Diabetic Patients: Are You a Candidate for Dental Implants?

By Spec. Dr. Ana Gugushovska , Oral Surgeon

Diabetes is the name for a group of metabolic diseases that affect how the body processes glucose, a simple sugar that supplies energy for living cells. Glucose levels in the blood are regulated by the hormone insulin, which is produced in the pancreas. When the hormonal system for regulating glucose is not self-controlled, the amount of glucose in the blood can vary dangerously

Rising population of diabetic individuals across the world has become a big concern to the society. The persistent hyperglycemia may affect each and every tissue and consequently results in morbidity and eventually mortality in diabetic patients.

Even the fairly or moderately controlled diabetes persisting for very longer duration (more than 10 years) may produce complications and diminish the health of tissues. The compromised condition along with some unfavorable restorative factors may bargain the success of dental implants. The persistent hyperglycemia is responsible for development of micro-vascular complication and consequently the early or late implant failure. Patients with diabetes often require longer healing times than other patients.

Type -1 diabetes causes decreased bone mineral density, as well as reduced bone formation and higher bone resorption.
Type -2 diabetes produces normal or greater bone mineral density in some patients. It has been observed that insulin not only reduces the deleterious effect of hyperglycemia by controlling it but also stimulates osteoblastic activity.

Diabetes mellitus was once considered a contraindication to the use of dental implant therapy as it has been associated with comorbidities, including increased susceptibility to infection, impaired wound healing, and periodontitis. Since dental implants and techniques for controlling diabetes have evolved, dental implant therapy has become increasingly common among patients with diabetes. The rising success of dental implants, along with the realized benefits of implant therapy has shifted current trends to accommodate patients with controlled diabetes as good candidates for treatment. The literature currently suggests that successful treatment results can be attained when placing implants on carefully selected patients with glycosylated hemoglobin levels (HbA1C) less than 8 percent and with possible prophylactic antibiotic administration.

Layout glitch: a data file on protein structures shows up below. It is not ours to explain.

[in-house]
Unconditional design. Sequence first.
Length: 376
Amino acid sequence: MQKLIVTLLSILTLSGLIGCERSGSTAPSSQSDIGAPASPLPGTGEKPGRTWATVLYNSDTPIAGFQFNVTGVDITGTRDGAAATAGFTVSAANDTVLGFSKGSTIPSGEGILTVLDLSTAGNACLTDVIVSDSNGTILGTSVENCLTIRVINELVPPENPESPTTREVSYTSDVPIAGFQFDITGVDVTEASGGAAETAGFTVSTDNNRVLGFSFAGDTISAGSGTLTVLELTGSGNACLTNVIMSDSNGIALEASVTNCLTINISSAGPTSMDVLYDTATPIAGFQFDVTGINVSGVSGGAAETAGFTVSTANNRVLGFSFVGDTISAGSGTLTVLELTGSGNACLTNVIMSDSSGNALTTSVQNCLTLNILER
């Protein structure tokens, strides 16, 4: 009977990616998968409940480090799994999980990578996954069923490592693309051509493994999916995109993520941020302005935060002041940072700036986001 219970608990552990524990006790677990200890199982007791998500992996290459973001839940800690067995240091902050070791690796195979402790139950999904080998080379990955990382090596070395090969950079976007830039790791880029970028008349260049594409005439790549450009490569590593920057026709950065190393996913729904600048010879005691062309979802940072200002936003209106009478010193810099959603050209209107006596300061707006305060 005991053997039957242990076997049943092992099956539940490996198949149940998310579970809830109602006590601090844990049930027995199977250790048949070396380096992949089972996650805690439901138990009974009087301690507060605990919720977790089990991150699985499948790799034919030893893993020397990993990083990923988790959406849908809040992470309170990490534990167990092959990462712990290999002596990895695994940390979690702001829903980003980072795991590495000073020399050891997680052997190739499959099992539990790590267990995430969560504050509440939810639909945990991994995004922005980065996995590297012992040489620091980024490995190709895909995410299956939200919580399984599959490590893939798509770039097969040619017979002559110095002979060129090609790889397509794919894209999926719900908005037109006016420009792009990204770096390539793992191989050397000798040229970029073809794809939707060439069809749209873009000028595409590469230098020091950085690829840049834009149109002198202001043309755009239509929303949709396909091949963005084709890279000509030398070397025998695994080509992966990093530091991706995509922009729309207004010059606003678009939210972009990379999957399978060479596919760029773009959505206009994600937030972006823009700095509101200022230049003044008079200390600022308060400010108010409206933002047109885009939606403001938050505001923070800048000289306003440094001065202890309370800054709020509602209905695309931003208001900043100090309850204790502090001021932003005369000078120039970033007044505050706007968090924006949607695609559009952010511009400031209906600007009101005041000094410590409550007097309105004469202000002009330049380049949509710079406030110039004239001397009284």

The published retrospective and prospective studies data, retrieved through various sources from 1994 to 2011, indicated that the success rate of dental implants in diabetic patients were in range of 85.5-100% and were comparable to the non-diabetic patients.

The survival of dental implant in well/fairly controlled diabetic patients appears as good as in general population. Use of prophylactic antibiotic, longer duration of post-surgical antibiotic course, chlorhexidine mouth rinse, bioactive material coated implants and implant with higher width and length seems to further improve the survival of implant in diabetic individuals.

However, it is advisable to delay the placement of implant in poorly controlled diabetics till the control of diabetes. Longer duration prospective clinical studies with greater number of diabetic individuals and non-diabetic controls are still required to develop better understanding of impact of diabetes over dental implant success.

If you are interested in dental implants, but aren’t sure if you’re a candidate because of diabetes or other health condition, your dentist is your best source of information. He or she will be able to evaluate your unique health situation to determine the type of dental implants that might work best for you while minimizing your risk of infection or other problems. Taking this information into account with your diabetic history, including the type of diabetes you have and the length of time you’ve had it are big factors.

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READ MORE
http://www.ncbi.nlm.nih.gov/pubmed/22284547
http://www.ncbi.nlm.nih.gov/pmc/articles/PMC3961886/
http://www.ncbi.nlm.nih.gov/pubmed/20521447

2016-05-03T07:33:48+00:00